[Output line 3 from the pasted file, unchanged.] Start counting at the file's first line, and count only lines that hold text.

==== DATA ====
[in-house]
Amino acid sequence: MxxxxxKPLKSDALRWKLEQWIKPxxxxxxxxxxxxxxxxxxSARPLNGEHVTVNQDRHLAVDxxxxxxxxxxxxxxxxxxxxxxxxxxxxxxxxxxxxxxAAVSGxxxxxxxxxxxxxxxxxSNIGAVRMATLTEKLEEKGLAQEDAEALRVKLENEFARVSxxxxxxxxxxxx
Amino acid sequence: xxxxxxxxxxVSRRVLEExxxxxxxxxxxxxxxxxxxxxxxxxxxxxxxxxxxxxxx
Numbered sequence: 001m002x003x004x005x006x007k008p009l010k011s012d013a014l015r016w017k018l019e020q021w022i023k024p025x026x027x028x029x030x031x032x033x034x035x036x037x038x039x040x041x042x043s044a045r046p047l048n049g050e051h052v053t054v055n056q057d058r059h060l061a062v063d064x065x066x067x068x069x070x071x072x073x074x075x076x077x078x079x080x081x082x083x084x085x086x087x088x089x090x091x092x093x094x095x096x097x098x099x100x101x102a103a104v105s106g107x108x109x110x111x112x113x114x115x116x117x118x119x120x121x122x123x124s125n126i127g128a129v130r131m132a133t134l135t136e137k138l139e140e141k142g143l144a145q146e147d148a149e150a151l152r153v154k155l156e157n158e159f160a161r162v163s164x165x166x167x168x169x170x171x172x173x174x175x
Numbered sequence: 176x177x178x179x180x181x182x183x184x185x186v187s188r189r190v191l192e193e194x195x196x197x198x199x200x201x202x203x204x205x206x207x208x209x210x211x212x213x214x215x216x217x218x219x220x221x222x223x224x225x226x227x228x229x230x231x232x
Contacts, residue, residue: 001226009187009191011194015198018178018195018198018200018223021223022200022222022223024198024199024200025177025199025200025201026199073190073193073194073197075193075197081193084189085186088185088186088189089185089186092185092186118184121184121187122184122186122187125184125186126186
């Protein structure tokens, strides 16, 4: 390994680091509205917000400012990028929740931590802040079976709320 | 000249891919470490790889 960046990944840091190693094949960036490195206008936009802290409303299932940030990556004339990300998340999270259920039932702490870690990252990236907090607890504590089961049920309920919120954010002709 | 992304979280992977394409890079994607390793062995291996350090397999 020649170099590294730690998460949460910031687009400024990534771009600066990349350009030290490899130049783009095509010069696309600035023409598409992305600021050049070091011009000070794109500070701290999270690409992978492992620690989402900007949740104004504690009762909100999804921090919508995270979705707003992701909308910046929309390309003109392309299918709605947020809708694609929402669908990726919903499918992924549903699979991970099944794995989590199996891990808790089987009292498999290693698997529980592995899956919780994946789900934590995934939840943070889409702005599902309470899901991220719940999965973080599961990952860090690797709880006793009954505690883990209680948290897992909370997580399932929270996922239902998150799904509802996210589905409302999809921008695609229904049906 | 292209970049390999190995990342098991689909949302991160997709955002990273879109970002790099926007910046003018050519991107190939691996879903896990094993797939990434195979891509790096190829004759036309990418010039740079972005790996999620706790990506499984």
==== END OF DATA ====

Amino acid sequence: xxxxxxxxxxVSRRVLEExxxxxxxxxxxxxxxxxxxxxxxxxxxxxxxxxxxxxxx